Check weather and travel conditions before heading out. Give yourself extra time for travel and, if weather is bad, wait for conditions to improve. Plan your route and let someone know which way you'll be travelling, your destination and expected arrival time, especially when driving long distances. If you don't turn up after a reasonable delay, people will know where to search for you. If the going gets tough, turn back or seek refuge.

Try to keep to the main roads and drive with caution, measuring your speed to road and weather conditions. Avoid passing another vehicle, if possible, when weather and road conditions are bad.

It's a good idea to take a cellphone with you. It can be very valuable, especially in an emergency or if you need help. But don't talk and drive. Drivers should not use a cellphone while the vehicle is in motion. Let a passenger call for you or pull over to a safe spot to place a call for assistance.

Winter Survival Kit

The Canadian Automobile Association recommends that you keep the following items in the trunk of your car:

  • Shovel
  • Sand or cat litter
  • Traction mats
  • Tow chain
  • Compass
  • Cloth or roll of paper towels
  • Warning light or road flares
  • Extra clothing and footwear
  • Emergency food pack
  • Booster cables
  • Ice scraper and brush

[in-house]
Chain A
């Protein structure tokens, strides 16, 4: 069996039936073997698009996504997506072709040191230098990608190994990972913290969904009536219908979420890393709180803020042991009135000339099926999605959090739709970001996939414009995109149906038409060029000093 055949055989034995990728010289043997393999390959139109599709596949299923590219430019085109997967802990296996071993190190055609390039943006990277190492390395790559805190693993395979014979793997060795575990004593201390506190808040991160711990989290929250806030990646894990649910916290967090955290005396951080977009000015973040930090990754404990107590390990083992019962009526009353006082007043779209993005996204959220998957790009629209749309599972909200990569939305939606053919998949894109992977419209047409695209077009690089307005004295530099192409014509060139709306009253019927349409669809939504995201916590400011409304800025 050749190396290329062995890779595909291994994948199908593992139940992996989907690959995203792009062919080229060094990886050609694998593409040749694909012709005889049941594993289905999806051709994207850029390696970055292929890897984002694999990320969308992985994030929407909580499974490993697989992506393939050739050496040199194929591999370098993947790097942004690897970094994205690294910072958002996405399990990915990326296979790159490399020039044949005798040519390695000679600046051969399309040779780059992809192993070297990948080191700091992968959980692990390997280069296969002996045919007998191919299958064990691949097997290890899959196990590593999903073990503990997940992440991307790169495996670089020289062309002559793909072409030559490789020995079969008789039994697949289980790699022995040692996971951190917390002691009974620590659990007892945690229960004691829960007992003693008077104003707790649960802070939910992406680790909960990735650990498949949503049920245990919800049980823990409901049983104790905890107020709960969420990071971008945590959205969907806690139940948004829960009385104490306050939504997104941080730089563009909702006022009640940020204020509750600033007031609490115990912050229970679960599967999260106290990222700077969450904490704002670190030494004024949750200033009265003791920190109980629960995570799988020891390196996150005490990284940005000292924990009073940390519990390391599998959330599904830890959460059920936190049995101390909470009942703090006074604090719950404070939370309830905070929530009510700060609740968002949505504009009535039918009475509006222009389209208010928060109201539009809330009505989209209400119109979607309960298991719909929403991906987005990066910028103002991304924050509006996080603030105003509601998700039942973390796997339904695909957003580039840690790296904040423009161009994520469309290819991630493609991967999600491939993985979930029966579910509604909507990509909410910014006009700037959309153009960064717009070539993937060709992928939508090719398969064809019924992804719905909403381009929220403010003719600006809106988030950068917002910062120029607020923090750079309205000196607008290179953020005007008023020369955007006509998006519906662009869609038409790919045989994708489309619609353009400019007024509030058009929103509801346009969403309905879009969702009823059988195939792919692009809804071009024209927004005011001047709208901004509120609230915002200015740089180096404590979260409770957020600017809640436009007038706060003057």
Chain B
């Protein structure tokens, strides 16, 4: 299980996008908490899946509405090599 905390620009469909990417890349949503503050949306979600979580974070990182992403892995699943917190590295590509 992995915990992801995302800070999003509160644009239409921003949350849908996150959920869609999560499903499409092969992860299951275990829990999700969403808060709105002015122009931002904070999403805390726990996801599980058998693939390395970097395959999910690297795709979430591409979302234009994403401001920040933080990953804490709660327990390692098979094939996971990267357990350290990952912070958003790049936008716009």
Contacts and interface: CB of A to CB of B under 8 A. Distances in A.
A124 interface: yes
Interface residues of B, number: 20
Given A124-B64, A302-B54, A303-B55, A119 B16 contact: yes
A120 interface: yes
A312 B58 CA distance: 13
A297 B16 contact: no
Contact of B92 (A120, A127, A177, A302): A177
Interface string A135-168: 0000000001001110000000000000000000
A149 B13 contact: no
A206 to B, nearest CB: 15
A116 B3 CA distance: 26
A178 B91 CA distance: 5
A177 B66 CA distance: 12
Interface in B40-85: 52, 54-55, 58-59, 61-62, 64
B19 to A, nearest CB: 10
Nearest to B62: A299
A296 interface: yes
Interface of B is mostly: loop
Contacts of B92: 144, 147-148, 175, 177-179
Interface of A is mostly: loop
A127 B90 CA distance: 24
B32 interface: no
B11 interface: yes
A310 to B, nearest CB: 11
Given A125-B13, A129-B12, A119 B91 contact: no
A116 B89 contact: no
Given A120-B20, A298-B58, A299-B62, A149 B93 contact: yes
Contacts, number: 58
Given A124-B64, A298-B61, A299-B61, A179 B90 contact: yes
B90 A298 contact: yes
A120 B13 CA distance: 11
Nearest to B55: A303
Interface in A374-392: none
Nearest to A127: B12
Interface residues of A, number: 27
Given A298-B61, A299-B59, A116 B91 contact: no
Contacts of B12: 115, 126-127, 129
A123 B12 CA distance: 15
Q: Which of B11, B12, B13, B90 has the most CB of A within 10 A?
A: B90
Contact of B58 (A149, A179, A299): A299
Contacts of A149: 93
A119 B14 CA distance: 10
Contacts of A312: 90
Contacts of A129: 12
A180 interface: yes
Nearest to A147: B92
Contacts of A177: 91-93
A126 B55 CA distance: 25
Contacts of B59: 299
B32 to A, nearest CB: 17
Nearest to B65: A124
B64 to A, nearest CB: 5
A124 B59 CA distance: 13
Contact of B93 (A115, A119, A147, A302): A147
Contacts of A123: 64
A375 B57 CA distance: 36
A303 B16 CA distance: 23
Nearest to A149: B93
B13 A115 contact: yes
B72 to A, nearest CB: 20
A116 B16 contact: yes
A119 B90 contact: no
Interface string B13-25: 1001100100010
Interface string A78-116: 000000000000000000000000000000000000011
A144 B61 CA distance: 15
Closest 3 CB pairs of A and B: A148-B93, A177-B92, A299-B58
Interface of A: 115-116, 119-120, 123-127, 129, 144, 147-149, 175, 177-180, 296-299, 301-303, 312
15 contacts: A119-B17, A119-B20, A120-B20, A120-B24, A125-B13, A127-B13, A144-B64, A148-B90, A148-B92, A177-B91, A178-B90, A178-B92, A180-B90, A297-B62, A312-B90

• Extra windshield washer fluid
  • Matches and a “survival” candle in a deep can (to warm hands, heat a drink or use as an emergency light)
  • Fuel-line antifreeze

The following items should be kept in the passenger compartment of your car.

  • Road map
  • Flashlight
  • First-aid kit
  • Blanket (special “survival” blankets are best)

If you get trapped in a storm or snow-bank, don't panic!

Avoid overexertion and exposure. Shovelling and bitter cold can kill. Stay in your car. You won't get lost and you'll have shelter.

  • Keep fresh air in your car. Open a window on the side sheltered from the wind.
  • Run your motor sparingly. Beware of exhaust fumes and the possibility of carbon monoxide. Ensure the tailpipe is not blocked by snow.
  • Use a candle for heat, instead of the car’s heater, if possible.
  • Set out a warning light or flares. Turn on the dome light (overuse of headlights may run your battery down).